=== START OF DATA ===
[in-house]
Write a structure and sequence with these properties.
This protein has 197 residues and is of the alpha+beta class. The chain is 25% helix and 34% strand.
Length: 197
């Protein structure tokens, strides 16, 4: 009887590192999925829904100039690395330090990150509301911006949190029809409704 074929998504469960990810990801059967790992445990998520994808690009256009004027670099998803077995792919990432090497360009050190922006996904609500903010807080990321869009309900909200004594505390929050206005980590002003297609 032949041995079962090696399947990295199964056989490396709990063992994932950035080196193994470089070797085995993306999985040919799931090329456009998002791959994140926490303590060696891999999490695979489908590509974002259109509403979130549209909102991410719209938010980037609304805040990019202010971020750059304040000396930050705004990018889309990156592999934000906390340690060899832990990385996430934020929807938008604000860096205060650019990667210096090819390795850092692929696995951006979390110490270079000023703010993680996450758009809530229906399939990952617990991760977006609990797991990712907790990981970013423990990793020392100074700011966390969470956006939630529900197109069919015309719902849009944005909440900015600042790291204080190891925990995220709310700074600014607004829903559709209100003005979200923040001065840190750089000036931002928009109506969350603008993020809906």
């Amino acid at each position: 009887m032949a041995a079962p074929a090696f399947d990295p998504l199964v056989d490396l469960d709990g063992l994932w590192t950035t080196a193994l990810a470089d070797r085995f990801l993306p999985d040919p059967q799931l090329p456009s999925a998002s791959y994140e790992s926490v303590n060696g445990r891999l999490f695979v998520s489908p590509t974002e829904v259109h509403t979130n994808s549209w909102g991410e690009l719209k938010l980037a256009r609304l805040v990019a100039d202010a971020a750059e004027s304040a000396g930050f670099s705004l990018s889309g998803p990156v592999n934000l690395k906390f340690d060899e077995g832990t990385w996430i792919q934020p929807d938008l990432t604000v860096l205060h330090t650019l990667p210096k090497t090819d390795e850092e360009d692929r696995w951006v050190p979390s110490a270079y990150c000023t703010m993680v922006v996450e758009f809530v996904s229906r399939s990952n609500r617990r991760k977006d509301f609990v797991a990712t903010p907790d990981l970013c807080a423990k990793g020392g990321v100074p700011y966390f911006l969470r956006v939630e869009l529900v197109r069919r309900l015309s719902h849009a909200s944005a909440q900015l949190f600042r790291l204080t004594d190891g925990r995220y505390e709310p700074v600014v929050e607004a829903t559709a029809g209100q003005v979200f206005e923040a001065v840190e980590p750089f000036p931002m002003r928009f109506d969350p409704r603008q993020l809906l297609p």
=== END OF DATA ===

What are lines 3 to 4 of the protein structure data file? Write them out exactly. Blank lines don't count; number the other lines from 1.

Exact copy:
This protein has 197 residues and is of the alpha+beta class. The chain is 25% helix and 34% strand.
Length: 197